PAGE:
Have you ever wondered what prompts us to pray? This thought occurred to me recently while at Adoration. As I poured out my cares and concerns to Jesus, it dawned on me that I was there because the Holy Spirit wanted me to be there.
As Catholic laity, we often hear about “active participation” at the Holy Sacrifice of the Mass. We may think that “active” participation means “physical” participation—such as being a cantor, lector, or an Extraordinary Minister of Holy Communion. However, first and foremost, the active participation of the laity is our interior participation at Mass.
Prayer is “the necessary and sure means of obtaining salvation, and [contains] all the graces we need to attain [salvation]…To save one’s soul without prayer is most difficult, and even impossible…but by praying our salvation is made secure, and very easy…If we do not pray, we have no excuse, for the grace of prayer is given to everyone…if we are not saved, the whole fault will be ours, because we did not pray.” If Alphonsus’s words are indeed true, then how crucial is prayer to our daily life, and to our eternal destiny! Do we live as though such words are true?
Icons are a means by which the Church leads her faithful to a life of prayer. Even today icons are seen in many churches around the world and can be venerated in the home as well.
St. Martha, the feisty sister of Mary of Bethany, tends to get a bad rap. After all, when Jesus came to visit the two sisters, Martha complains about Mary not helping—and Jesus’s response seems to be a scolding in which He praises contemplation and disregards practical action and service. However, the story isn’t as simple as that, and I don’t believe that Martha should be remembered as “the one who wasn’t doing it right.”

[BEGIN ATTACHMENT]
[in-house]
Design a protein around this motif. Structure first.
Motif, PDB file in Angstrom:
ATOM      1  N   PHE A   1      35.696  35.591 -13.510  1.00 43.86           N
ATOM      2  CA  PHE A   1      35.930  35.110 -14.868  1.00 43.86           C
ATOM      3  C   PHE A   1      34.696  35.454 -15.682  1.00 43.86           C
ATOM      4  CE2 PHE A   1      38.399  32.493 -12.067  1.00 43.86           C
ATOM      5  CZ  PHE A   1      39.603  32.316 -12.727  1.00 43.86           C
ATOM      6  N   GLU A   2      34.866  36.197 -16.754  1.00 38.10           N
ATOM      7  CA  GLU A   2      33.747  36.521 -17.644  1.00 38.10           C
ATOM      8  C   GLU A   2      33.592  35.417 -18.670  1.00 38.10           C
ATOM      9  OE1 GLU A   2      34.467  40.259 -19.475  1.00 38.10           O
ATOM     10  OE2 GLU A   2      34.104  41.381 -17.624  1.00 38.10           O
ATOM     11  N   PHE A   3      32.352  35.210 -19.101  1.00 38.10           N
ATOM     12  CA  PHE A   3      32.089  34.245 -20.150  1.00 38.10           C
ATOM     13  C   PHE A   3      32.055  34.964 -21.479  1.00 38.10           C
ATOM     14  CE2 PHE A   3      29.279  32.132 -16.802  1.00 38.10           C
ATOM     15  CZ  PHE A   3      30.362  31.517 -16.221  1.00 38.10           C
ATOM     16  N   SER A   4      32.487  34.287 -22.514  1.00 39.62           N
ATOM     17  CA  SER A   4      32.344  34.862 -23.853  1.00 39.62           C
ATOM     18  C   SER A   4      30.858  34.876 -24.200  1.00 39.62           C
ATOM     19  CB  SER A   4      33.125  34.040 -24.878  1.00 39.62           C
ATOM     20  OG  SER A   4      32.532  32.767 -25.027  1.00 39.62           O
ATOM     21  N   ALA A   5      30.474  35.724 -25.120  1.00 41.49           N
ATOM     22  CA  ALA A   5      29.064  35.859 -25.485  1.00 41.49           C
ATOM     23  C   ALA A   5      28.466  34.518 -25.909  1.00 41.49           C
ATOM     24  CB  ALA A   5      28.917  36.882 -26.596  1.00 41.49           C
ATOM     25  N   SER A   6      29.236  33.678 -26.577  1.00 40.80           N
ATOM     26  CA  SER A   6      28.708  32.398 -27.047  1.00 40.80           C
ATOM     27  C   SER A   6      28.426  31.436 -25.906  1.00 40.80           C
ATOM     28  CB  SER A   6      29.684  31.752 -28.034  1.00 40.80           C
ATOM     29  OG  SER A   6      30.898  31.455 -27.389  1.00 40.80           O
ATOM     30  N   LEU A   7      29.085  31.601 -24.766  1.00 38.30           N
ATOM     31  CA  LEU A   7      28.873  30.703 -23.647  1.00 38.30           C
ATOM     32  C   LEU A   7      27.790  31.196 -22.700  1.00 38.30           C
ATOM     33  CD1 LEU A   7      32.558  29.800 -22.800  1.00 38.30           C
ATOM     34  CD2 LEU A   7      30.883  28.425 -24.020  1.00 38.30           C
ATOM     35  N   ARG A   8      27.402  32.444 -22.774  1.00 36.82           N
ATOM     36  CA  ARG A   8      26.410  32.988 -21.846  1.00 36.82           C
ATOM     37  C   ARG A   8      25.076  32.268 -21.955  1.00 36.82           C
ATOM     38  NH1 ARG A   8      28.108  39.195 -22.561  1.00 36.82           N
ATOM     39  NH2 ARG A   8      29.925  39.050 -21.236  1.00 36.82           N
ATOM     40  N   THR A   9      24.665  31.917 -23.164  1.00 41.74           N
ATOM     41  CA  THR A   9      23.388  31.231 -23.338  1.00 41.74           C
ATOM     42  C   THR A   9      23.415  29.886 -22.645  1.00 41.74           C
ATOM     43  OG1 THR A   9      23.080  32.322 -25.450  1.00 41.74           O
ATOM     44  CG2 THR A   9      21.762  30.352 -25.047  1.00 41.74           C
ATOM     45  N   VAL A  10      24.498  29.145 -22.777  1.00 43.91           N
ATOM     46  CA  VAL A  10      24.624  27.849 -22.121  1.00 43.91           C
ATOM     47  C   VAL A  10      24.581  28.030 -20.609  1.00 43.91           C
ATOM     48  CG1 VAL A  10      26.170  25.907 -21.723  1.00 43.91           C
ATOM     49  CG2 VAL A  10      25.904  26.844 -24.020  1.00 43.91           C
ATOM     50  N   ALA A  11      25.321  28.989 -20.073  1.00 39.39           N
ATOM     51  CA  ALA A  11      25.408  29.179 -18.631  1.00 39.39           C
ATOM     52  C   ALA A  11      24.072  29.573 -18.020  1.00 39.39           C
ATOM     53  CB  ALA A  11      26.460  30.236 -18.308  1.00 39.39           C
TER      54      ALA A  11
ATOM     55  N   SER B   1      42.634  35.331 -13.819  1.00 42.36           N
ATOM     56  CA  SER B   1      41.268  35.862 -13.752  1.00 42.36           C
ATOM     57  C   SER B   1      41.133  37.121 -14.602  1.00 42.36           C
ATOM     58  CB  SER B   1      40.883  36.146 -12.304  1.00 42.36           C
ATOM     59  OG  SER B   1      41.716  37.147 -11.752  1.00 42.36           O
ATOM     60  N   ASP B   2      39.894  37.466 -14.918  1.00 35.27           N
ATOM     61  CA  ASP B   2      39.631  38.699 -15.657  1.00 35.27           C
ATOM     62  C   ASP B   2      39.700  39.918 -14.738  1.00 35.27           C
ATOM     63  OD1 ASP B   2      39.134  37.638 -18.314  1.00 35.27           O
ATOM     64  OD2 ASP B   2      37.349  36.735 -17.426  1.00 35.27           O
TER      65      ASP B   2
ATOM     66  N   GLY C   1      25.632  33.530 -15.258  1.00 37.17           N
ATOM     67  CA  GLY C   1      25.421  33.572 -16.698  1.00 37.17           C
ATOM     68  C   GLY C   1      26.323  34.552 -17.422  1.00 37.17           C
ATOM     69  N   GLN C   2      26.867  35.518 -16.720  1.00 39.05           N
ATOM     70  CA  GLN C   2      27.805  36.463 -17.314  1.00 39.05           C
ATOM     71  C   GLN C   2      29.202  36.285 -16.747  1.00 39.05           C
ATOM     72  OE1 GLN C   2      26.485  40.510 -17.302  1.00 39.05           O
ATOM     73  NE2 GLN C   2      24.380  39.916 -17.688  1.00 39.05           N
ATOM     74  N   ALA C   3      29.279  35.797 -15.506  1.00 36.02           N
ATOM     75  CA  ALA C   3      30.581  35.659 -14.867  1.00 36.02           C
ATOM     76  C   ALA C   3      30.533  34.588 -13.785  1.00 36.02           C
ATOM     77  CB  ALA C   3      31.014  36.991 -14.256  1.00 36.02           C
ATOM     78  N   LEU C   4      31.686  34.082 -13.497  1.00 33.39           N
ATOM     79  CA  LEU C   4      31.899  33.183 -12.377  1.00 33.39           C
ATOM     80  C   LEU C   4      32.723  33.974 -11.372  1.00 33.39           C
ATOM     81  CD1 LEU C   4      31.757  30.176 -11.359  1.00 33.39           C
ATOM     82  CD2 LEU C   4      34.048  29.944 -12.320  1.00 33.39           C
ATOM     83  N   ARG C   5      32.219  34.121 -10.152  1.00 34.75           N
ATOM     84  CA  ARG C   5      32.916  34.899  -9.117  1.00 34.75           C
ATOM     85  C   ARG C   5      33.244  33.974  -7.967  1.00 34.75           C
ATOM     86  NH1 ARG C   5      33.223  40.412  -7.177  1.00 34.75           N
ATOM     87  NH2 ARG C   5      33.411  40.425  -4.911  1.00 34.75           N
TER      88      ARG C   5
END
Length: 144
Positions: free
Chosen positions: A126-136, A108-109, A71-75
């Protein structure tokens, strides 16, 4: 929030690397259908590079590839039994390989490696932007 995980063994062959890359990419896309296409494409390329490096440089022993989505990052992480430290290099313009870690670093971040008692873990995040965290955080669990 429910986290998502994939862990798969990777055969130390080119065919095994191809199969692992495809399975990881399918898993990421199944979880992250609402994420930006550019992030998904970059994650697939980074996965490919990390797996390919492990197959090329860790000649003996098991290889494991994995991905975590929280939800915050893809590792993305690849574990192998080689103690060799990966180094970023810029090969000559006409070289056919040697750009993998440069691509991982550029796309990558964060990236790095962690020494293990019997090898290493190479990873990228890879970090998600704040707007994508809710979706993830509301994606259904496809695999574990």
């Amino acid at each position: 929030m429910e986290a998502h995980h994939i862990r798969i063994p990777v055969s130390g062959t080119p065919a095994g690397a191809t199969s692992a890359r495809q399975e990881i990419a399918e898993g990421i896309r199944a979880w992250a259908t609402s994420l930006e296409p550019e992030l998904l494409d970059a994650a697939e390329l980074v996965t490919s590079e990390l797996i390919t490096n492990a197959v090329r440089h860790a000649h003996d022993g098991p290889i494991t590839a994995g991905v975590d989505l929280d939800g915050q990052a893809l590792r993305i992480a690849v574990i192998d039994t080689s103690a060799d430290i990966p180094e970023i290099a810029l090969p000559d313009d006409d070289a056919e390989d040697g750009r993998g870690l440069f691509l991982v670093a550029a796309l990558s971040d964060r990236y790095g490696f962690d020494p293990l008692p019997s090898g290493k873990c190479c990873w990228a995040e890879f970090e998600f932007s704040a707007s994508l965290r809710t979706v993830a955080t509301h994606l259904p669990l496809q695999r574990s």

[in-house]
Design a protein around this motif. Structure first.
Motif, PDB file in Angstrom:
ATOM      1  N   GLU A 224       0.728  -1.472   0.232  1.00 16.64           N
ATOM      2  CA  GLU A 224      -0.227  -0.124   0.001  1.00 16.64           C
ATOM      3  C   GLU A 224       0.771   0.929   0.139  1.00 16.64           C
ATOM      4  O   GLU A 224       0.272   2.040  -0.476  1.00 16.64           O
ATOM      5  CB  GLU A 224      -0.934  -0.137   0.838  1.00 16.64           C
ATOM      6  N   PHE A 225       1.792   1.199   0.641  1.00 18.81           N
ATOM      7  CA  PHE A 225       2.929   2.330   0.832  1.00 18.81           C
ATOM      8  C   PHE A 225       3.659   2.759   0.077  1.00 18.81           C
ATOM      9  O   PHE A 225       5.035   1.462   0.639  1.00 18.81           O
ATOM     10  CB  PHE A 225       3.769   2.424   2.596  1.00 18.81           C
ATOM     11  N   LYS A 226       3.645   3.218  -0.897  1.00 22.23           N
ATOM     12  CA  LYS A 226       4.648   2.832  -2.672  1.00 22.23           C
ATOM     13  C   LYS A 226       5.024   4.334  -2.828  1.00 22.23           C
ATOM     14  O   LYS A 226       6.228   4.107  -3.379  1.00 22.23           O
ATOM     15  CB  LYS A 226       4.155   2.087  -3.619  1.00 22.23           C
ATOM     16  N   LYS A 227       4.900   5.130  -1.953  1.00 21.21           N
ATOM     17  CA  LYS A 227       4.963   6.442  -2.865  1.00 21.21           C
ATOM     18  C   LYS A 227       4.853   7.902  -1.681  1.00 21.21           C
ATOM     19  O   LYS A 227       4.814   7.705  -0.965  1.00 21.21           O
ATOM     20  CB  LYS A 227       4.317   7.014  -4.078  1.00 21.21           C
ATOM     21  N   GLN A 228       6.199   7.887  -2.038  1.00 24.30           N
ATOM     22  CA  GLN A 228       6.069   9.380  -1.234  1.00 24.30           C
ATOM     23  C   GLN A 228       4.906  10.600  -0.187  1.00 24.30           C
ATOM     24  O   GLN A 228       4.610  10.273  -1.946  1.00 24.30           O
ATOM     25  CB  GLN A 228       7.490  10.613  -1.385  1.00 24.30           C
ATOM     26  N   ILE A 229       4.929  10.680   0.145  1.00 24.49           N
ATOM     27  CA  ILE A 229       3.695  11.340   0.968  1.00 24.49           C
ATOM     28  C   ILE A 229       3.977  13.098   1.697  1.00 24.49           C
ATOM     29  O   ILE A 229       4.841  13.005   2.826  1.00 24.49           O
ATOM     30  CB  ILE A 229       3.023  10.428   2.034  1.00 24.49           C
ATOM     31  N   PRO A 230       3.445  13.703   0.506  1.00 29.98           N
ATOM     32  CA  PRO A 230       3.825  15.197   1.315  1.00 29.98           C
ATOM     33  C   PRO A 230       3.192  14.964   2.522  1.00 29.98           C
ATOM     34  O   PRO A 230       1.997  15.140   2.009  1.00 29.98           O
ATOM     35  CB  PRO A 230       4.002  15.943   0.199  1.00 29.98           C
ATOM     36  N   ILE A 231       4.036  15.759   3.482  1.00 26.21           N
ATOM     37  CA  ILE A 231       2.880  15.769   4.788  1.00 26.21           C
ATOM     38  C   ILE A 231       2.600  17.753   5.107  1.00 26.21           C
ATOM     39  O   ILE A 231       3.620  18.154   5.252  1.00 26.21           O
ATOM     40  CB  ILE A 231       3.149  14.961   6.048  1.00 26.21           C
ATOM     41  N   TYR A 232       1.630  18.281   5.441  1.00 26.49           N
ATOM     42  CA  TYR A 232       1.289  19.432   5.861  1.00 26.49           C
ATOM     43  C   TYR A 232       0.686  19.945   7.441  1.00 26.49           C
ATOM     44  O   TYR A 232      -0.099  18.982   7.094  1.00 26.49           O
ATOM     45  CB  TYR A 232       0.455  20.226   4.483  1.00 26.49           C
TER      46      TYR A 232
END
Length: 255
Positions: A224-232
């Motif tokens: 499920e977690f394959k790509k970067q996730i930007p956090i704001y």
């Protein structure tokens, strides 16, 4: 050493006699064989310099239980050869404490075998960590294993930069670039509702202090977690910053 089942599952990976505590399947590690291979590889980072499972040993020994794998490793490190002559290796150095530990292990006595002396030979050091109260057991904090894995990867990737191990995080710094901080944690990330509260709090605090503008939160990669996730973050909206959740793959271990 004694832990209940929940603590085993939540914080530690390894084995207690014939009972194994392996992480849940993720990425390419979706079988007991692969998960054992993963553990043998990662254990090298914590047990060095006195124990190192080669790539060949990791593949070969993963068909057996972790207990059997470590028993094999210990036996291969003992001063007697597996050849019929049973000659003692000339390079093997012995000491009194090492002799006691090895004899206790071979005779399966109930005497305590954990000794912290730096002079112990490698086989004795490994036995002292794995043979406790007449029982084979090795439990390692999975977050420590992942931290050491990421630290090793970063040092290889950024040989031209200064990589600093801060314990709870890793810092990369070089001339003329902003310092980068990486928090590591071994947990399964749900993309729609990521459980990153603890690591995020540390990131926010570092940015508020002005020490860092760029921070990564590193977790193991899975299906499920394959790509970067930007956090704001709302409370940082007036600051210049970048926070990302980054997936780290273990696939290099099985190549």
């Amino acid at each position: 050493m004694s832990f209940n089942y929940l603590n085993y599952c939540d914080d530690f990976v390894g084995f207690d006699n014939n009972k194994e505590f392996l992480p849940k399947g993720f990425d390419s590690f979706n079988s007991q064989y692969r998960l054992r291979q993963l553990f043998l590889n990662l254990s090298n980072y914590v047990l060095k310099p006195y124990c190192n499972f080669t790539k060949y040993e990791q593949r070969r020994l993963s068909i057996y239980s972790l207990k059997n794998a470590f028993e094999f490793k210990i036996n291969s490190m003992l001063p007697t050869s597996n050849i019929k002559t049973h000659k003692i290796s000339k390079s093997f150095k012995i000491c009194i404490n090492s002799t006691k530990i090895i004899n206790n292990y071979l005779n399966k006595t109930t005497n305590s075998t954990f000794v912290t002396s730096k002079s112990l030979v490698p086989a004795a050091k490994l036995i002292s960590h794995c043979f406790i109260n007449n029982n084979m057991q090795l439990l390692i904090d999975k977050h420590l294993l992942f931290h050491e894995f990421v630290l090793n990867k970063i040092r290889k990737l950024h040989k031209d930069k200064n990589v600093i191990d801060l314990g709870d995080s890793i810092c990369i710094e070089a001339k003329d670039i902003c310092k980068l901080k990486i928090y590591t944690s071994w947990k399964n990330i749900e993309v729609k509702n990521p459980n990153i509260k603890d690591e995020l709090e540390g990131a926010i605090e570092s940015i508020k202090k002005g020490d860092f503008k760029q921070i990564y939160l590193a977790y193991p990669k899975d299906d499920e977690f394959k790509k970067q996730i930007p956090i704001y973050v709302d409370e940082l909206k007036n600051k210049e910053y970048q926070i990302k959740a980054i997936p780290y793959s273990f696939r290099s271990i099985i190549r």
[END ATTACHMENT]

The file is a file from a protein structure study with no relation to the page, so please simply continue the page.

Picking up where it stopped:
An arrow prayer is a quick, very short prayer (usually only a sentence long) which brings us into the presence of God and the saints, seeking holy aid in times of need.
We need the consistent silence that comes from time spent with God in prayer. At other times, music can help raise our minds heavenwards and bring into clearer focus what God might be trying to say to us.
Saint Bridget of Sweden (1303 – 1373) was one of the most important and famous mystics of the Middle Ages, causing her to be named one of the patron saints not only of Sweden, but of all Europe. Among the many visions she records in her Revelations is this remarkable description of the Blessed Virgin Mary in her glory as the Queen of Heaven. In this vision St. Bridget sees Our Lady possessing seven lilies and seven precious stones in her heavenly crown. Each one symbolizes a different quality or characteristic. Seven, of course, is the biblical number symbolizing perfection.
Recently I encountered a slight problem when turning to the saints in regards to marriage and family, and perhaps you would too, because from the list of popular saints I know, it may often be the case that a favorite saint was, um, celibate. That being said, I decided to compile a list of thoughts and prayers on parenting and finding holiness at home – from 10 saints who were mothers and fathers themselves.
The White Cord of St Joseph is piously used as a remedy against physical ailments and a support in living the virtues of chastity and purity of heart. This beautiful devotion began almost 400 years ago in the small town of Antwerp, Belgium. An Augustinian nun was miraculously healed there after asking for St. Joseph’s intercession while wearing a cord blessing in his honor.